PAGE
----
Satellites could be used to detect dumping of plastic waste
Every year, millions of tons of plastic waste end up in oceans harming entire ecosystems.
By Stephen Beech via SWNS
Satellites could be used to detect the dumping of plastic waste.
A new computer system uses 'spy in the sky' data to identify sites on land where people dispose of waste.
Scientists say that the new method could enable the monitoring of sites likely to leak plastic waste into rivers and oceans.
Every year, millions of tons of plastic waste end up in oceans, harming hundreds of species and their ecosystems.
Most of the waste comes from land-based sources that leak into watersheds.
Scientists say that efforts to address the issue require a better understanding of where people dispose of waste on land, but resources to detect and monitor such sites - both official sites and informal or illegal ones - are limited.
Dr. Fabien Laurier, of the Minderoo Foundation in the USA teamed up with Caleb Kruse, of California-based Earthrise Media, and colleagues to work on the new project detailed in the journal PLOS One.
Dr. Laurier said: "In recent years, the use of computational tools known as neural networks to analyze satellite data has shown great value in the field of remote sensing."
Building on that work, the team developed a new system of neural networks to analyze data from the European Space Agency’s Sentinel-2 satellites and showed its potential for use in monitoring waste sites on land.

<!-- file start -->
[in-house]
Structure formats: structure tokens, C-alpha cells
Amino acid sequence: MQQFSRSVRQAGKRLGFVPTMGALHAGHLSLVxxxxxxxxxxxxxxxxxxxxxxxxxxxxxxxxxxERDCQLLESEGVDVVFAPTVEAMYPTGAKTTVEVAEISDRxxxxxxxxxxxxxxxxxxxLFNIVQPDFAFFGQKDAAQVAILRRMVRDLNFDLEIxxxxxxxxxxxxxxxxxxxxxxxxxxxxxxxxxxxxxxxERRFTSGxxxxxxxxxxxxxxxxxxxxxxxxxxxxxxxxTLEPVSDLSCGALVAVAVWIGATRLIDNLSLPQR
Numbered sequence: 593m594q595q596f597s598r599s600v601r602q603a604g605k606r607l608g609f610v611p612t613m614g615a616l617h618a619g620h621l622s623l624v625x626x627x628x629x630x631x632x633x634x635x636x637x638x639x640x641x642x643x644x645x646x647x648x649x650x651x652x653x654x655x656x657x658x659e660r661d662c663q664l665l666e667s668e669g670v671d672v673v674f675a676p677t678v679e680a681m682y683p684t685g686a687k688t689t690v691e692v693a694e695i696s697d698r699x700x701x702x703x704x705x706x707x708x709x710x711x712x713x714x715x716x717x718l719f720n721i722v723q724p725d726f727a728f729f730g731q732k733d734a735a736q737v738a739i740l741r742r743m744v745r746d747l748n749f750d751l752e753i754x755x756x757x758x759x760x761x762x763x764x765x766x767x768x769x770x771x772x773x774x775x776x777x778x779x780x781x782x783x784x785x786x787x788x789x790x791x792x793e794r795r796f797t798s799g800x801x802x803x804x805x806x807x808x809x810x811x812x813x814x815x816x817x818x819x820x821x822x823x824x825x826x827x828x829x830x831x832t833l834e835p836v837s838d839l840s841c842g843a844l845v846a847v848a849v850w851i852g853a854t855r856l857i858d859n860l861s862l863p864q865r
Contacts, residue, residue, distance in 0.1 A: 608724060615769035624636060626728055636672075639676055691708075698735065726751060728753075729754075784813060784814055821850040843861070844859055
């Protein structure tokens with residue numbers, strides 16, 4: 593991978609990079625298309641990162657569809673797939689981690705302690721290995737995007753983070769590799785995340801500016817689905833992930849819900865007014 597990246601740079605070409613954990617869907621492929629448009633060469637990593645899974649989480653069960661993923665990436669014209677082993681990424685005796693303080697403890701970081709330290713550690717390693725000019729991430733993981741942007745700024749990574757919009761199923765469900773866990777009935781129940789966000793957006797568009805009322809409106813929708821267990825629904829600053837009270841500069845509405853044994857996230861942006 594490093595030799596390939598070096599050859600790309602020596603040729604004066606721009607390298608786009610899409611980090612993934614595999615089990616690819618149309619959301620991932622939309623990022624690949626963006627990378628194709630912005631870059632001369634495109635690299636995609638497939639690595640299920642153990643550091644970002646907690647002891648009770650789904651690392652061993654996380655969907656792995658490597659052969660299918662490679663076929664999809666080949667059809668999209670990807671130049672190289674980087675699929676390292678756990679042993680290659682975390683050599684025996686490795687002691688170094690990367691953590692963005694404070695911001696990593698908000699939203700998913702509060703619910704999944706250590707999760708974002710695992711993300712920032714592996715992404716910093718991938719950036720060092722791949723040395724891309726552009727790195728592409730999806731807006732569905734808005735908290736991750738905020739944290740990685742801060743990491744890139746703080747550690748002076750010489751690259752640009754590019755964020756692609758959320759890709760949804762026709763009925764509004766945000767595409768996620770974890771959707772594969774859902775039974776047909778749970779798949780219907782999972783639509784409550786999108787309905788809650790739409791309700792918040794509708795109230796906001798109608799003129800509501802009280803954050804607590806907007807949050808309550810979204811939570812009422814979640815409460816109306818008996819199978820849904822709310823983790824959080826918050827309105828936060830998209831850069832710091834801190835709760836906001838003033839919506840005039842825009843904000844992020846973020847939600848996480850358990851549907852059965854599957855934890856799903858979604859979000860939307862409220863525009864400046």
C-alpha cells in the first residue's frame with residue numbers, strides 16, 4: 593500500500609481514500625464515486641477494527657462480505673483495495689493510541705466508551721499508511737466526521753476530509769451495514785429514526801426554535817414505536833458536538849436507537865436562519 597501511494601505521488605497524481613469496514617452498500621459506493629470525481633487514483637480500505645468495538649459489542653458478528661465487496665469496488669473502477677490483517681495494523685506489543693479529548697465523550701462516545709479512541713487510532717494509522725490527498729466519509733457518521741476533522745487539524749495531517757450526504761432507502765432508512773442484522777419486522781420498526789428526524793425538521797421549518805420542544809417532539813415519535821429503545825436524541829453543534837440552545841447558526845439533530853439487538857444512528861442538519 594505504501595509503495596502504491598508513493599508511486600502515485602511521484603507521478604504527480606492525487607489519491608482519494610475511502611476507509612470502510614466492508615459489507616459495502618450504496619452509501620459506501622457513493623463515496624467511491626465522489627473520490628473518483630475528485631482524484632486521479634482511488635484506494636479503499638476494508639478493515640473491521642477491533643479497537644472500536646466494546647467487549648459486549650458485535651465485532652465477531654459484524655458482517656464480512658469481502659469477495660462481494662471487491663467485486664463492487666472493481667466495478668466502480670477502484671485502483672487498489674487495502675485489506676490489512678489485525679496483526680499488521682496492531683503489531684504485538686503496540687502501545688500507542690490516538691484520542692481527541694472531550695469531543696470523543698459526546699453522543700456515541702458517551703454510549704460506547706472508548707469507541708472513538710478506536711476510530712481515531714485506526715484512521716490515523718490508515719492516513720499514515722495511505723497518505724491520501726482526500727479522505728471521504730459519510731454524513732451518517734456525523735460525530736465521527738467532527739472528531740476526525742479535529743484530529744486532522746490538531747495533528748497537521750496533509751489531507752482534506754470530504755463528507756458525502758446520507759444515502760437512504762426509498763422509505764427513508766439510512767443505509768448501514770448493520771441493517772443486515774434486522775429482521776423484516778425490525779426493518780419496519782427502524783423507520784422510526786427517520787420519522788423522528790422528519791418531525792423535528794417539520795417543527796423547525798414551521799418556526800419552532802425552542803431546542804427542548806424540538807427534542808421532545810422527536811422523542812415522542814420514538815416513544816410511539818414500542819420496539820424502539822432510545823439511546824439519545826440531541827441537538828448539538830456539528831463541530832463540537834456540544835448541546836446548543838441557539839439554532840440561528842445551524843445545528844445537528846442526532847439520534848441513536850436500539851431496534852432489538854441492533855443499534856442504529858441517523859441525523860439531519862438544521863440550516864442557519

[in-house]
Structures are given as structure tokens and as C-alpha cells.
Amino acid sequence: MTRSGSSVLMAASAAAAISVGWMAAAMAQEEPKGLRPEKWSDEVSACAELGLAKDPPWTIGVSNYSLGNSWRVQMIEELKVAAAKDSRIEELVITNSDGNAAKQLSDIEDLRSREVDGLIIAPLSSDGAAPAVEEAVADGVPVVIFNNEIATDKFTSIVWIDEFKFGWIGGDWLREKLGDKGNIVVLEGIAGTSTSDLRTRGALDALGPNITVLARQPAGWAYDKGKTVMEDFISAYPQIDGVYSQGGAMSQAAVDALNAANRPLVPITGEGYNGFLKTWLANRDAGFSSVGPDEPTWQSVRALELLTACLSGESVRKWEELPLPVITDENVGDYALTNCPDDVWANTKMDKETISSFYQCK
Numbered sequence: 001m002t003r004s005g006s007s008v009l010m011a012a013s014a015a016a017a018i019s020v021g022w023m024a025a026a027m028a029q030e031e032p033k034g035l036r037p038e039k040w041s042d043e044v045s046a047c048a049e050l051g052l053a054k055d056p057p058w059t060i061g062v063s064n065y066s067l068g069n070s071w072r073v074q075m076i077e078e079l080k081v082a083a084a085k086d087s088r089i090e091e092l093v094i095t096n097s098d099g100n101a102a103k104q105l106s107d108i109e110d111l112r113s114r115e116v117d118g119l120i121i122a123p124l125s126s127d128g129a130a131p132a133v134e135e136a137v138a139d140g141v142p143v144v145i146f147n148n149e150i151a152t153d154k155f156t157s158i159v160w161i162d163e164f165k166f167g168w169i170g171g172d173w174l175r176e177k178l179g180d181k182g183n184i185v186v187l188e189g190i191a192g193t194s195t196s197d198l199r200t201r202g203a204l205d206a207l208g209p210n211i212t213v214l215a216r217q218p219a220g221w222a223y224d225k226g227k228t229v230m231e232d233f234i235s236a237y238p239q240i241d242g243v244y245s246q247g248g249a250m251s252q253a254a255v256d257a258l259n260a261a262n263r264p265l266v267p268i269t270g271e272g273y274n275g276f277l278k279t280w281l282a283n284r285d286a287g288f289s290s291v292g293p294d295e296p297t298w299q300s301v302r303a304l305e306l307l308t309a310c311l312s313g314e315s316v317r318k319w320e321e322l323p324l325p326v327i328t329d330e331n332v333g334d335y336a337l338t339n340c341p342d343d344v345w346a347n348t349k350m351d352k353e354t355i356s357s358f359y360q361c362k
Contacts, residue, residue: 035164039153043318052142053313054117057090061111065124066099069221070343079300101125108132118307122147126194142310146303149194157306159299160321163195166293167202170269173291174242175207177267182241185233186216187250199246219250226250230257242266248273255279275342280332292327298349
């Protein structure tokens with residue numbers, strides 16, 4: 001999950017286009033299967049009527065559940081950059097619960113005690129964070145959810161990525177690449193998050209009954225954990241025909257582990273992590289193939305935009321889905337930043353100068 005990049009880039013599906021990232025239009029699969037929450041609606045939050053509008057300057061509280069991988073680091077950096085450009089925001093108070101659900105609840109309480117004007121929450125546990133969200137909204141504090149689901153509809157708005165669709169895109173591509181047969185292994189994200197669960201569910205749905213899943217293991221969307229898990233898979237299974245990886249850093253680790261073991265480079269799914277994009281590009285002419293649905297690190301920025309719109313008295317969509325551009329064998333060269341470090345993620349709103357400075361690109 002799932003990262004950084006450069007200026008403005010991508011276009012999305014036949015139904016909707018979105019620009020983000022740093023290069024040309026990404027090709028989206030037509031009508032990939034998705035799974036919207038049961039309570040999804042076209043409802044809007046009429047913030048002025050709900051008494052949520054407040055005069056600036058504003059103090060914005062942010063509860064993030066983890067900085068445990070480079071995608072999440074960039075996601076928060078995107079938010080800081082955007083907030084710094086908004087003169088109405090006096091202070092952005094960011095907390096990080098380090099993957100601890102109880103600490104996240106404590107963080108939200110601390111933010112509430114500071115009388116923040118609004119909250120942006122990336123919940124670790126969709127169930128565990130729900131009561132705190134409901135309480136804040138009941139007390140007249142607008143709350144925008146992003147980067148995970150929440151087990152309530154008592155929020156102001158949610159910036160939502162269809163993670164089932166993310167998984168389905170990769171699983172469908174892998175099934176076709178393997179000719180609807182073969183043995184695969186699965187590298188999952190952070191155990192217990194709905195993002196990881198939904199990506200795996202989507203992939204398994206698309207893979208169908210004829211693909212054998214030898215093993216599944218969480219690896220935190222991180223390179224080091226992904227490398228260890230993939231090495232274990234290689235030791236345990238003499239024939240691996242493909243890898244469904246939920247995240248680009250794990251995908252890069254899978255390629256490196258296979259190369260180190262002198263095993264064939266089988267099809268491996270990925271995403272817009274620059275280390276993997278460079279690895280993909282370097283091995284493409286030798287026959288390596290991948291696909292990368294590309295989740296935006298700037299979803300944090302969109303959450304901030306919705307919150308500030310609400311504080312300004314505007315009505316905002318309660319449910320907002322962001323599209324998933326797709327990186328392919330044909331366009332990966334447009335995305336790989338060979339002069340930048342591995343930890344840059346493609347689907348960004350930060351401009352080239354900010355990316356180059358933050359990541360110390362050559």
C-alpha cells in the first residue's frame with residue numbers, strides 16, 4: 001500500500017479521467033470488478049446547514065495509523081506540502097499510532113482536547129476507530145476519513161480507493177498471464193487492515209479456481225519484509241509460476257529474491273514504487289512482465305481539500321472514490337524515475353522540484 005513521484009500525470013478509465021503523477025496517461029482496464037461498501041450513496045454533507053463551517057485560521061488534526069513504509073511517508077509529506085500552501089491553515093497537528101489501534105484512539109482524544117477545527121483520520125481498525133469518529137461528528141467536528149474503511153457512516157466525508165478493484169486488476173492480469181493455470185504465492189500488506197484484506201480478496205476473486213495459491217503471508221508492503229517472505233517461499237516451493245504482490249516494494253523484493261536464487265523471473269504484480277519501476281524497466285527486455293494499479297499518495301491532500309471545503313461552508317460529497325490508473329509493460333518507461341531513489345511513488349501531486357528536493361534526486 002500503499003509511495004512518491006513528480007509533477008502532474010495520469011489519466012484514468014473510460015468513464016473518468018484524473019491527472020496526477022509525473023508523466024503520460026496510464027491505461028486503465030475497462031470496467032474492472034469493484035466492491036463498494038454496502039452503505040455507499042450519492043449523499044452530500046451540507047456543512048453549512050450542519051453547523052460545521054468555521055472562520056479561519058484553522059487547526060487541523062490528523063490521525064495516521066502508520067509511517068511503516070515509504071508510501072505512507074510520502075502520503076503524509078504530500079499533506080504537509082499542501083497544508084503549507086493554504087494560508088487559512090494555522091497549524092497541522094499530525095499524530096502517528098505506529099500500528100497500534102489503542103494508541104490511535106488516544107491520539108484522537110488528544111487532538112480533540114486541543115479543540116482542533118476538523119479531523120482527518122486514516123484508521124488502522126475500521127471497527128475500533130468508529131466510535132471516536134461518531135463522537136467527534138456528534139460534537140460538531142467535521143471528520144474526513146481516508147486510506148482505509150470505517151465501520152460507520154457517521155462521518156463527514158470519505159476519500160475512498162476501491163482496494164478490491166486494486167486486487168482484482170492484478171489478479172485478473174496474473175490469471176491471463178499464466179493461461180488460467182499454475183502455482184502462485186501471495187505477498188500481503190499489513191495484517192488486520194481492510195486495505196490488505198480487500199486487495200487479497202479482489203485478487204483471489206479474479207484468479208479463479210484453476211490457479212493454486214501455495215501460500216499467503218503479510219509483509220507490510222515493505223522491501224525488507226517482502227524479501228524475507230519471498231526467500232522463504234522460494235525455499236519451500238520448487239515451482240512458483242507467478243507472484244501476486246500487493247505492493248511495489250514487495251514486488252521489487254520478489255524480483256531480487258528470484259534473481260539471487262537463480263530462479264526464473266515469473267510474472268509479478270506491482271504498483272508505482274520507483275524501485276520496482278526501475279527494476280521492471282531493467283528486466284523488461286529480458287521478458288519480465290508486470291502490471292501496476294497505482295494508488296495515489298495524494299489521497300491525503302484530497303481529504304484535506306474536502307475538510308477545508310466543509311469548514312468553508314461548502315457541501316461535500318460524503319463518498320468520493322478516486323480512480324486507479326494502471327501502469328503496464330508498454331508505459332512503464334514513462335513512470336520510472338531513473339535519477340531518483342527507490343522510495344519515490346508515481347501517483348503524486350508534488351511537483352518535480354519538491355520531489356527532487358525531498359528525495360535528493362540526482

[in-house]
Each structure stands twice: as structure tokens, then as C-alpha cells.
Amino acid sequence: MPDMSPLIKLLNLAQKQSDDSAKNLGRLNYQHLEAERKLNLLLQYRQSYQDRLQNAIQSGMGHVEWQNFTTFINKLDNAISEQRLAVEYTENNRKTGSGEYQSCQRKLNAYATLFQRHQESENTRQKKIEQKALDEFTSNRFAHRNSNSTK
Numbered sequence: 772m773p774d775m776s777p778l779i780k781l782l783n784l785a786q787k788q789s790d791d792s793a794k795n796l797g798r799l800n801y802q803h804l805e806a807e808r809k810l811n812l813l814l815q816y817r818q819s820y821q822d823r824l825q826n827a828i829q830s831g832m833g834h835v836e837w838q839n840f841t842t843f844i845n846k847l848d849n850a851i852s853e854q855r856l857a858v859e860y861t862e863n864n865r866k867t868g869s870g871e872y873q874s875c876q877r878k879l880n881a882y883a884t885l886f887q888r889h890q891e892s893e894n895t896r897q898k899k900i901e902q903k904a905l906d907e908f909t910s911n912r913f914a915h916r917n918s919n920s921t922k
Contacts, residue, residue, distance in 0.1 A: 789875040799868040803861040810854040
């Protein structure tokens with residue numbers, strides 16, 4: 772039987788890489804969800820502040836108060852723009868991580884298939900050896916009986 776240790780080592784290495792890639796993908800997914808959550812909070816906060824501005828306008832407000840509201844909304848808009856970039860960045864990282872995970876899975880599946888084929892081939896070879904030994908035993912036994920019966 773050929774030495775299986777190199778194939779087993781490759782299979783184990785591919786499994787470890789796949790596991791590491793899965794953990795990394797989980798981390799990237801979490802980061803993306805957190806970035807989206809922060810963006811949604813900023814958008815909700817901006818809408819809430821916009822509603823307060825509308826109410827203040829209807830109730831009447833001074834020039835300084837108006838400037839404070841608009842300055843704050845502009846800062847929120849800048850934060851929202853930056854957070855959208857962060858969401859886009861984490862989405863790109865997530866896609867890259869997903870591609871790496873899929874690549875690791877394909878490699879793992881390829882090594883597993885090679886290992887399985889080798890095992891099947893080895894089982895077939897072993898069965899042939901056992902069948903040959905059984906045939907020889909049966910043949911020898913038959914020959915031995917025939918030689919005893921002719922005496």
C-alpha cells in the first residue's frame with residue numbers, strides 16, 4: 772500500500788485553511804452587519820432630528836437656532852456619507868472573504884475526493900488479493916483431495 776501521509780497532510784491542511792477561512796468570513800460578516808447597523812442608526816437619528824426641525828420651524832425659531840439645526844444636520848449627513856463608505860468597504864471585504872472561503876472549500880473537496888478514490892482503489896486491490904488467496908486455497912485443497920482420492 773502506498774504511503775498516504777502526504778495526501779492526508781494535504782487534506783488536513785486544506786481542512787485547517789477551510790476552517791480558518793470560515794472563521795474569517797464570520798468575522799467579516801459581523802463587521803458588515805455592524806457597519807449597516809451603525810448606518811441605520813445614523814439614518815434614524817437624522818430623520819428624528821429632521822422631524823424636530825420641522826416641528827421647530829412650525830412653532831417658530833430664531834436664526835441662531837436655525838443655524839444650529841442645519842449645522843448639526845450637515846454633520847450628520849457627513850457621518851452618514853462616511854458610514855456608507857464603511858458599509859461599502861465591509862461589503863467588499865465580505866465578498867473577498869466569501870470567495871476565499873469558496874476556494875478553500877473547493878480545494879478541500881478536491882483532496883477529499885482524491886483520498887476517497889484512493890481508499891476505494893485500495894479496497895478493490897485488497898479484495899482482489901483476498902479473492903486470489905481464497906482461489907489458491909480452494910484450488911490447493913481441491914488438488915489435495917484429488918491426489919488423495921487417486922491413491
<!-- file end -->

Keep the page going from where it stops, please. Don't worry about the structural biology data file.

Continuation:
To evaluate the performance of the new system, the researchers first applied it to Indonesia, where it detected 374 waste sites - more than twice the number of sites reported in public records.
Dr. Laurier said: "Broadening to all countries across South East Asia, the system identified a total of 966 waste sites - nearly three times the number of publicly recorded sites —that were subsequently confirmed to exist via other methods."
The research team showed that their new system can be used to monitor waste sites over time.
They also showed that nearly 20 percent of the waste sites they detected are found within 200 meters of a waterway, with some visibly spilling into rivers that eventually reach the ocean.
Dr. Laurier said: "These findings, as well as future findings using this system, could help inform waste-management policies and decision-making.
"The data are publicly available, so stakeholders can use it to advocate for action within their communities.
Looking ahead, the researchers plan to refine and expand their new waste site-monitoring system globally.
He added: "For the first time, Global Plastic Watch arms governments and researchers around the world with data that can guide better waste management interventions, ensuring land-based waste doesn’t end up in our oceans.”
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